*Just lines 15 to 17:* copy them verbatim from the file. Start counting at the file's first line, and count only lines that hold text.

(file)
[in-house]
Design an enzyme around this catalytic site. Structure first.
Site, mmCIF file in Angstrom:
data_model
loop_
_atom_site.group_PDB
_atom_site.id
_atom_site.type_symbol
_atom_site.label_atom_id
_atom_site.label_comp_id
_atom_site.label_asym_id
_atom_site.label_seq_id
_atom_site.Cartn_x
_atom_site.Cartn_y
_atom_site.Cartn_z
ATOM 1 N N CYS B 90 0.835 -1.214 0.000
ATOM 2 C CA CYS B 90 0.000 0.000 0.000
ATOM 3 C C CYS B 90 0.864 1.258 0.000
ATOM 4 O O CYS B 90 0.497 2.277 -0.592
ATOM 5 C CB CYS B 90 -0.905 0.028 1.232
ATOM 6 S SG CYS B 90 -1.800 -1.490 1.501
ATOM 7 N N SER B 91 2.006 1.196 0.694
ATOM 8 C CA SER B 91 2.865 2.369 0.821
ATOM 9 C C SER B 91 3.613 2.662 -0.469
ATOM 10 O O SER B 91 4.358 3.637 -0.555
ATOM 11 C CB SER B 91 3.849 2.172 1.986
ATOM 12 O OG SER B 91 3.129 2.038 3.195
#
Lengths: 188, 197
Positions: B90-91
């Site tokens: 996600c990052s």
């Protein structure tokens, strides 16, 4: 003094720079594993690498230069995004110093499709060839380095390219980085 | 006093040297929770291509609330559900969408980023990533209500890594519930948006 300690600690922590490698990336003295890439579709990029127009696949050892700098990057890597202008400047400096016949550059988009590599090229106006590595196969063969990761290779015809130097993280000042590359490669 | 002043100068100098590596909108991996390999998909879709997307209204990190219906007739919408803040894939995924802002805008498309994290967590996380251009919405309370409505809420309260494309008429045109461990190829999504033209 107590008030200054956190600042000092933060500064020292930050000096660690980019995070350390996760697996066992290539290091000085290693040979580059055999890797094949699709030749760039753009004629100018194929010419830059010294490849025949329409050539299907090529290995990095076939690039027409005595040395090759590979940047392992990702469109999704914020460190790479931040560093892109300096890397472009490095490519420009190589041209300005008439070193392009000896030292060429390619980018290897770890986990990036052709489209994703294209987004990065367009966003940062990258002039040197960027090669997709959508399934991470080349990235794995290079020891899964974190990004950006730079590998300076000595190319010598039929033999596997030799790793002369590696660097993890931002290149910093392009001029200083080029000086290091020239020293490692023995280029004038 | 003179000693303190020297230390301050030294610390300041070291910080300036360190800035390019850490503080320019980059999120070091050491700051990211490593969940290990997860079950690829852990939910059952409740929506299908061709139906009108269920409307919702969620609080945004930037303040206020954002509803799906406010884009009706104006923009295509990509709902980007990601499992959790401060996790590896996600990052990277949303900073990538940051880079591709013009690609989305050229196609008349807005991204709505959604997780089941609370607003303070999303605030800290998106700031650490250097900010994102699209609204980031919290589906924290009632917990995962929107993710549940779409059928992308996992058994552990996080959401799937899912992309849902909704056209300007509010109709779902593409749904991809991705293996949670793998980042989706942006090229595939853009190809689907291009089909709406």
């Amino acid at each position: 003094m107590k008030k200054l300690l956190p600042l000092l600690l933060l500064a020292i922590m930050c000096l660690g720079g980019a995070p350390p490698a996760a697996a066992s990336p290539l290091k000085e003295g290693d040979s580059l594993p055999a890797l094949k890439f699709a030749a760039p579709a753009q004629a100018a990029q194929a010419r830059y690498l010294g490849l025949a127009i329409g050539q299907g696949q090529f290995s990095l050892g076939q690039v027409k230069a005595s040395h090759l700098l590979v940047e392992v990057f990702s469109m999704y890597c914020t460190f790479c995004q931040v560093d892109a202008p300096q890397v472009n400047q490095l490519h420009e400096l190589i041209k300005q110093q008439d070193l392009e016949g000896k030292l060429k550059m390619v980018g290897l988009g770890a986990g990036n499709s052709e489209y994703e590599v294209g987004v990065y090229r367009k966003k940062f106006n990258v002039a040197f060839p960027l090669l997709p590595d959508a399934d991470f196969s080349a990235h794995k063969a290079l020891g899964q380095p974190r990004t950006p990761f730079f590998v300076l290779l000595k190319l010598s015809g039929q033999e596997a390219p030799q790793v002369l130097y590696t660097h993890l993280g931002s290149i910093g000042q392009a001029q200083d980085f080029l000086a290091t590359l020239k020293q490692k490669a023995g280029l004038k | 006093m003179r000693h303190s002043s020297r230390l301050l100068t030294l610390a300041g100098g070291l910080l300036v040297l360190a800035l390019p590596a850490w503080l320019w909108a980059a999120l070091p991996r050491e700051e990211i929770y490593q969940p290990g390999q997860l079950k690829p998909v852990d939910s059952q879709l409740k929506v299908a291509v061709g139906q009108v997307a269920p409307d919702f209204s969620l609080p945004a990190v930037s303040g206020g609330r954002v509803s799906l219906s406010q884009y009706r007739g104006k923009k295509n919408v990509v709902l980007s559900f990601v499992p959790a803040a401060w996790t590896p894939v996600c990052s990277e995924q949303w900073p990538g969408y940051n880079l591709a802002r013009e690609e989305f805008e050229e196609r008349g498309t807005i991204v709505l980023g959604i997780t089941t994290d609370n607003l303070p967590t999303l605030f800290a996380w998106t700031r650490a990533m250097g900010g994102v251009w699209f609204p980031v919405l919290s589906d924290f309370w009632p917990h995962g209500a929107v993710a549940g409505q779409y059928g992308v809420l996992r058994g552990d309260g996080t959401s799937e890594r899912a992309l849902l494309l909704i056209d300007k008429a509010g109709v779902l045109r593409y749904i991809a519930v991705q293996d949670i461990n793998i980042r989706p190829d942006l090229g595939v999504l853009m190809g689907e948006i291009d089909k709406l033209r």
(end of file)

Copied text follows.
_atom_site.Cartn_z
ATOM 1 N N CYS B 90 0.835 -1.214 0.000
ATOM 2 C CA CYS B 90 0.000 0.000 0.000